The last several years have seen an explosion of books that take a limited subject and demonstrate how it is central to the natural world or human experience. Written for the non-specialist, these works of pop journalism and history can make excellent beach reading, as with Malcolm Gladwell's Blink
and Steven D. Levitt and Stephen J. Dubner's Freakonomics
, both of which package provocative theories and fascinating anecdotes in easily-read packages. These books manage to stake out territory both beachside in summer and as arsenals of little-known facts to be deployed by their readers at parties. Tom Standage's latest entry into this genre, A History of the World in 6 Glasses
, attempts to chart world history through the story of six beverages: beer, wine, spirits, coffee, tea, and Coca-Cola.
For each beverage, Standage provides two chapters. He tells the story of beer's relationship with agriculture, and of its roles in Mesopotamia and Ancient Egypt. These chapters adequately extract historical information without providing as much flavor as might be desirable. Wine's role in Greece is the subject of chapter three; its role in Rome that of chapter four; with the vast body of Classical writing, Standage tells a wonderful tale of the beverage's acceptance and refinement. The chapters on spirits chart its rise from obscure alchemical process to its role in the colonization of America. For such a charged subject, and one with vast quantities of historical anecdote for Standage to distill, 6 Glasses' tale of rum and whiskey seems surprisingly flat, as though written in a great hurry.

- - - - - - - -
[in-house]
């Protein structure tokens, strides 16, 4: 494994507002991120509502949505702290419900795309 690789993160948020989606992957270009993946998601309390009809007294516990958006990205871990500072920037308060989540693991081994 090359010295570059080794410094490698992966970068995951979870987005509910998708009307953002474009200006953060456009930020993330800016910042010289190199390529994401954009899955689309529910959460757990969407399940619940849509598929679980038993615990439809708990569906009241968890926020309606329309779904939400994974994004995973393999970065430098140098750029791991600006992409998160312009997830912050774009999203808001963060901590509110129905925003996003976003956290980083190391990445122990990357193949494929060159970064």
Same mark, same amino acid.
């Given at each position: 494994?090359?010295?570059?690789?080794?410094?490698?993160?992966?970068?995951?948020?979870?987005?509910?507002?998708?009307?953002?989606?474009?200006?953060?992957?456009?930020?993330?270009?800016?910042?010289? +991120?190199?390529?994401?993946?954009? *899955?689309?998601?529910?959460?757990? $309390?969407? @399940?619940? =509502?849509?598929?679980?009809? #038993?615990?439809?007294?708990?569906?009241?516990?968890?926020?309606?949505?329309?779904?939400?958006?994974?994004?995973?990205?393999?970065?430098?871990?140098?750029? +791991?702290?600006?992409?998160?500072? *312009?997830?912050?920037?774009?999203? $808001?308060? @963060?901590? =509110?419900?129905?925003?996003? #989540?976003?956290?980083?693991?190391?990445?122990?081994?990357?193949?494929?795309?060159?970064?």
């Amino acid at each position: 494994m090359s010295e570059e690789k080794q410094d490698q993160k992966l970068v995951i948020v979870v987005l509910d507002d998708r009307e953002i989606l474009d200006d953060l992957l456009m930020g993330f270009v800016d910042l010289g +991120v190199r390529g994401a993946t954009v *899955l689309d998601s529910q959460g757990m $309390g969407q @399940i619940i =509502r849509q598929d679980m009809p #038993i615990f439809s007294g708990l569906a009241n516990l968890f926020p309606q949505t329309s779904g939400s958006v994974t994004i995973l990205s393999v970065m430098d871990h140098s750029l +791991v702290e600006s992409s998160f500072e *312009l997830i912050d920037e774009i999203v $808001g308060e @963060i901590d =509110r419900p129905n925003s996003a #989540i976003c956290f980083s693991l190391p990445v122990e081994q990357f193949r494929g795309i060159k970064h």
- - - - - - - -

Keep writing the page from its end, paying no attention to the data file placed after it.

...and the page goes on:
The chapters on coffee's rise from drink of Arabs to its central role in the Enlightenment are somewhat interesting, but there is little new here for anyone who has worked through Neal Stephenson's Baroque Cycle. The chapters on tea cover its journey from Asia to Europe, and the role of tea in the British empire, including everything from the tax on the American colonies to the Opium War and Britain's subsequent cultivation of tea in India. The last section of the book, on Coca-Cola, is by far the most compelling: the author is quite at home discussing advertising, the birth of consumer culture in America, and globalism. Standage tells the story of Coca-Cola's rise from the colorful world of nineteenth-century patent medicine to its current role as a symbol of economic freedom concisely and with verve.